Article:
So that leaves us with no offer and a mortgage that is now 7 months past due. I should also point out that my credit limits dropped as soon as we missed the 1st mortgage payment and the wife was laid off from her job. Talk about missing the mark on this plan. Phew.

As it sits today, we did receive a lowball offer, that I don't have the amount for yet, but I expect is below 10k, which we'll submit to the bank, can you imagine buying a house for less then 10k. A house that's not in a demilitarized zone that's in move in condition, with a pool and a fairly new furnace and central air system. Bizarre I tell you. There is no guarantee the bank accepts the offer, and I'm guessing they won't, they'll also be considering Deed in Lieu I guess, but at this point I almost don't care anymore. After reviewing some more forums and seeing how many are experiencing similar issues, I sort of welcome the aspect of foreclosure, and a chance to have the courts review the issues and come up with a decision (Ohio is a judicial foreclosure state). At least when it happens, I can put this whole mess behind me and try and start focusing on how to put things back together. In today's discussion with my point of contact, he mentioned, that he has 25 short sale clients assigned to him, since I'm sure there are at least two others that do a similar job, it's absolutely mind boggling to think of how many cases there are that are similar to this, just at my bank, and instances I'm sure repeating across the board.

I suppose there are those that might think it's wrong to have the debt default as it did. I struggled with it at first, but given the market parameters and how business was being done, I believe I proceeded with the right intent and have gotten nowhere with it, factor in that the wife lost her job and the deficiency amount on the house is too much to overcome due to credit being closed up due to having to deficient and I view it as a vicious circle, that I'm happy to get out of at some point.

The thing that gets me though, is I don't think we as a society really have and idea on what's going on right now in the housing market. My neighborhood wasn't the best, it may have been one step above the city, but we've seen almost an 80% drop in home values, and possibly more. The city I'm in now has at least 20 houses with for sale signs out on the yard and these are just the ones with signs in the winter, when we know no one buys in this part of the country.

The impact from this is still going to be felt, as these properties are bought off the market by investors or whoever can purchase it and the tax dollars drop due to the sale price. These municipalities are going to run into serious issues. I read a report the other day that my old city's school hours were cut to 5.5 per day because they didnt' pass another levy.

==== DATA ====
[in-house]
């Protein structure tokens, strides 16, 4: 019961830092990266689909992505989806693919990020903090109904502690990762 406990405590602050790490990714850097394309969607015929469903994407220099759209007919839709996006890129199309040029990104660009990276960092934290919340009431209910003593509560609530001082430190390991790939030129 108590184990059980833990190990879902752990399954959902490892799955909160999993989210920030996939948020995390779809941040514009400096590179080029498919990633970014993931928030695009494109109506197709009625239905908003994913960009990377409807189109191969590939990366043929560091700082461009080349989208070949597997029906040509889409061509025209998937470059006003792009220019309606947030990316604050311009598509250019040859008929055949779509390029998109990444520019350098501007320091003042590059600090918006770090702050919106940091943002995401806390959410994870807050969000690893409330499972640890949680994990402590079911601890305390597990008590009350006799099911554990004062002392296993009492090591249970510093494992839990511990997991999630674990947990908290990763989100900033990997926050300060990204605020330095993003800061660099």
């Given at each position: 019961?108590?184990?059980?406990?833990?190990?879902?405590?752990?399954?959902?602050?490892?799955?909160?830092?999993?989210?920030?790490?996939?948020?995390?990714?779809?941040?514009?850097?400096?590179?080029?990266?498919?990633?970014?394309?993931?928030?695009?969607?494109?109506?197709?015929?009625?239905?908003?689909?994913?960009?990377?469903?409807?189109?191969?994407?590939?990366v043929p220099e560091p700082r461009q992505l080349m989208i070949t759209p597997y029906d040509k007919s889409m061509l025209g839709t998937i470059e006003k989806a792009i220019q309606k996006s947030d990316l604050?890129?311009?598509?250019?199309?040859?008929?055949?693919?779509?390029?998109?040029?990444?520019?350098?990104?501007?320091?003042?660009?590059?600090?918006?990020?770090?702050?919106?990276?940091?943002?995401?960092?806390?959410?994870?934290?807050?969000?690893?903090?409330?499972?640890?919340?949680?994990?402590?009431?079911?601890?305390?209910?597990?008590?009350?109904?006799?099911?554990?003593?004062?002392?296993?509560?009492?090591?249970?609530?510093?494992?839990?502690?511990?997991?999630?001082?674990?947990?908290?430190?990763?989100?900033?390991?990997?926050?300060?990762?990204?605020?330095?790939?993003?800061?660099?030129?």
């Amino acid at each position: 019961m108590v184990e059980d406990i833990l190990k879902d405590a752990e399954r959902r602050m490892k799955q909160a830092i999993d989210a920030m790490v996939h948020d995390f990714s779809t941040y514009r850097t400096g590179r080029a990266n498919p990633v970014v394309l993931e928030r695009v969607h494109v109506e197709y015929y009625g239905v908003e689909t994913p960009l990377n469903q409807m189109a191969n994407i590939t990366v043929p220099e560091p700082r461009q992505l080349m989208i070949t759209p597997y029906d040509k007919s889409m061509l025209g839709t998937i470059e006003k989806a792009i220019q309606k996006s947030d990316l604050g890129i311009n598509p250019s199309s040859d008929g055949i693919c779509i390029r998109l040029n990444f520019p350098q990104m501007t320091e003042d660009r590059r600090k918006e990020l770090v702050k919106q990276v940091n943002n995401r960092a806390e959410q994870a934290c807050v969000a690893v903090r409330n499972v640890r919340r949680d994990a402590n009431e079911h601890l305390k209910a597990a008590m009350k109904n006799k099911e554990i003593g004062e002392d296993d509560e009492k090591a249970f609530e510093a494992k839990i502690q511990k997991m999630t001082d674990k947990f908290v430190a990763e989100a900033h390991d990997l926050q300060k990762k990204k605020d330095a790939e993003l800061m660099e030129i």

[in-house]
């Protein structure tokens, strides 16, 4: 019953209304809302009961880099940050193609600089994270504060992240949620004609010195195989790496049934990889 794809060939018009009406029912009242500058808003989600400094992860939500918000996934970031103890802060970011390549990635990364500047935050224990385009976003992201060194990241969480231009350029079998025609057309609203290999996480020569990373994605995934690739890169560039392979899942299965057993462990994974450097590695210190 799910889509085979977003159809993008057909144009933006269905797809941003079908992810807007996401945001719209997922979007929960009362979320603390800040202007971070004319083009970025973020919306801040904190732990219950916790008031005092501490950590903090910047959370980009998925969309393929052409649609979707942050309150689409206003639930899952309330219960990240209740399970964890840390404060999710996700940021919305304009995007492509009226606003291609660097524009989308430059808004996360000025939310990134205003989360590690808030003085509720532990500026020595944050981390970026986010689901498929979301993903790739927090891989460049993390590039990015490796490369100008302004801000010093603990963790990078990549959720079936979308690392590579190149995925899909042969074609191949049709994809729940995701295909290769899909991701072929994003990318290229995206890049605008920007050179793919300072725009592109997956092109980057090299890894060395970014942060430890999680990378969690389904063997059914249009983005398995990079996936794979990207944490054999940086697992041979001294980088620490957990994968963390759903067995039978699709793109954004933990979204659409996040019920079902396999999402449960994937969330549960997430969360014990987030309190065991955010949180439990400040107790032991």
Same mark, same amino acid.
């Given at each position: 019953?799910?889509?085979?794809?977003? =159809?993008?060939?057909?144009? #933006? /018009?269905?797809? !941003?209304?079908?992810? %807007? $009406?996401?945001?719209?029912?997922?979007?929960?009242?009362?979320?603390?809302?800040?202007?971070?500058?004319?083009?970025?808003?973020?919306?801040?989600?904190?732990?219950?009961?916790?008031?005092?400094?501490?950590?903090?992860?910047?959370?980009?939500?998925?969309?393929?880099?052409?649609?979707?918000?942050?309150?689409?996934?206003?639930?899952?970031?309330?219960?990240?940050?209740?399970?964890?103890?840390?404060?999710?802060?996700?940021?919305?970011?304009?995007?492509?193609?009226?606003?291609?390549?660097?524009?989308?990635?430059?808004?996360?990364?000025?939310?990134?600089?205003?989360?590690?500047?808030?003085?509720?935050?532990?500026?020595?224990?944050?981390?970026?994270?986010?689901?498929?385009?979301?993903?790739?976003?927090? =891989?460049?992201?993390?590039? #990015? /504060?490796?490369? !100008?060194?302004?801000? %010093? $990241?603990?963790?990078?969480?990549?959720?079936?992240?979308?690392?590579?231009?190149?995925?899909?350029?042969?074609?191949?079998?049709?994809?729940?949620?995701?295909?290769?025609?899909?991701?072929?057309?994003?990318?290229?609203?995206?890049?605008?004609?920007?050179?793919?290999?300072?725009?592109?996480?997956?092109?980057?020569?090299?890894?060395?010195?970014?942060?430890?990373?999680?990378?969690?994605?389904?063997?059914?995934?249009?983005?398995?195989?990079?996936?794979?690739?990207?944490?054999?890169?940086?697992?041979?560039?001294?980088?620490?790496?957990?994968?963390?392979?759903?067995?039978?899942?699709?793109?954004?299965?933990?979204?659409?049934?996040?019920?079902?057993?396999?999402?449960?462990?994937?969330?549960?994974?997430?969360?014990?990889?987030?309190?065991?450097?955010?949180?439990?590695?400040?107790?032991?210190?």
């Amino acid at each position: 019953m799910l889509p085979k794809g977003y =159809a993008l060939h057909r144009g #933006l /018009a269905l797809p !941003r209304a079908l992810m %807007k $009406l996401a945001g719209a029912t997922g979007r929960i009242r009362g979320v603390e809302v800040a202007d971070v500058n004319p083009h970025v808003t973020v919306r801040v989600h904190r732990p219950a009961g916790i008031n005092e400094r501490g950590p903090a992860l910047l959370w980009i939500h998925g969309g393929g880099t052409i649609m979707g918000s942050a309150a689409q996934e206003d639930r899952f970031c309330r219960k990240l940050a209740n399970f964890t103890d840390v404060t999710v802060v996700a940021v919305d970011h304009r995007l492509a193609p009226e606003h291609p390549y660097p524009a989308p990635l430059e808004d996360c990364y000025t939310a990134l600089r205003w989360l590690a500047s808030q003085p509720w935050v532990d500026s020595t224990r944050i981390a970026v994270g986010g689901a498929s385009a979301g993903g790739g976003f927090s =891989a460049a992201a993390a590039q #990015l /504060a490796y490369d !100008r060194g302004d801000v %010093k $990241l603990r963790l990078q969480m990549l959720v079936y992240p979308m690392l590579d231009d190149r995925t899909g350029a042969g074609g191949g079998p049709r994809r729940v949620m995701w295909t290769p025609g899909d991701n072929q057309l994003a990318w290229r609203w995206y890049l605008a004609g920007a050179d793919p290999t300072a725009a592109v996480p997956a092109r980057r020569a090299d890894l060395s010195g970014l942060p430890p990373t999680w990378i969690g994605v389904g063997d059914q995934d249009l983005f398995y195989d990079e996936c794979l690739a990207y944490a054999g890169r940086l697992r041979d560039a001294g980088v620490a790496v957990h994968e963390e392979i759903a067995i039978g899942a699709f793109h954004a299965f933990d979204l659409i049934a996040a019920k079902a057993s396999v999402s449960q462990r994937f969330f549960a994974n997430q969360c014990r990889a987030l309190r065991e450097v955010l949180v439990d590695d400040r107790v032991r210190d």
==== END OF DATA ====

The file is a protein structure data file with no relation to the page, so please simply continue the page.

I wish I could tell you the answer to this problem, but I have no idea what it is. I see people bagging on occupy Wall Street people and I wonder if they really have an idea of what's happened to many aspects of the marketplace that these companies are in control of. While they dismiss the occupiers as a fringe hippy protest, I know that many of them are also part of this due to similar stories like mine.

At the end of the day I'll point out a couple other points as well, my bank has no incentive to sell my property short outside of convenience and time, my loan was an FHA loan, so any money I default on will be paid by the government, in addition to that they've handcuffed the realtors into ridiculously low amounts that they make from these sales, there's little to no incentive for them to get the work done. Especially considering the work is now 10x more and takes about 6-7x as long. How this system makes sense I'll never know.

There is a part of me that will be happy that it ends one way or another.


Grange95 said...

As an attorney, I helped a friend with an underwater foreclosure property in Florida. It took me almost a month to get someone from the bank (located a few blocks from my home) to talk to me. Then, it took a few more weeks to get back a rejection of a deed in lieu because of deadlines that passed while they dithered internally. We ended up getting the house sold via foreclosure, but the inability of banks to maximize their recoveries on these properties is mind-boggling.

Michael said...

Such a sad state of affairs isn't it? It would be one thing if the market hadn't imploded, but given the market did, it's ridiculous the processes these banks are following to resolve it.

I understand they are large corporations that aren't exactly nimble (I work for one that's as lumbering as they come). However, it's been 3 years since a house on my street went for $3k, considering it was 2 doors down and my buyer's initial offer was 9x that, you'd think they'd be able to move on it.

I had the same issue with deed in lieu, every time they'd 'consider' it, they'd talk about how time had passed, although since we were trying to sell it fit the criteria for exceptions, then they'd stop considering it every time the buyer came back.

I am thankful that Ohio is one of the states that requires judicial foreclosure, at least the playing field will change some and my lawyer will be able to make the arguments that fall under deaf ears at this time.

Monica said...

So sorry to hear about all of this...keep your chin up as best you can. Sending lots of positive thoughts your way!

Michael said...

Thanks Monica, appreciate the good thoughts.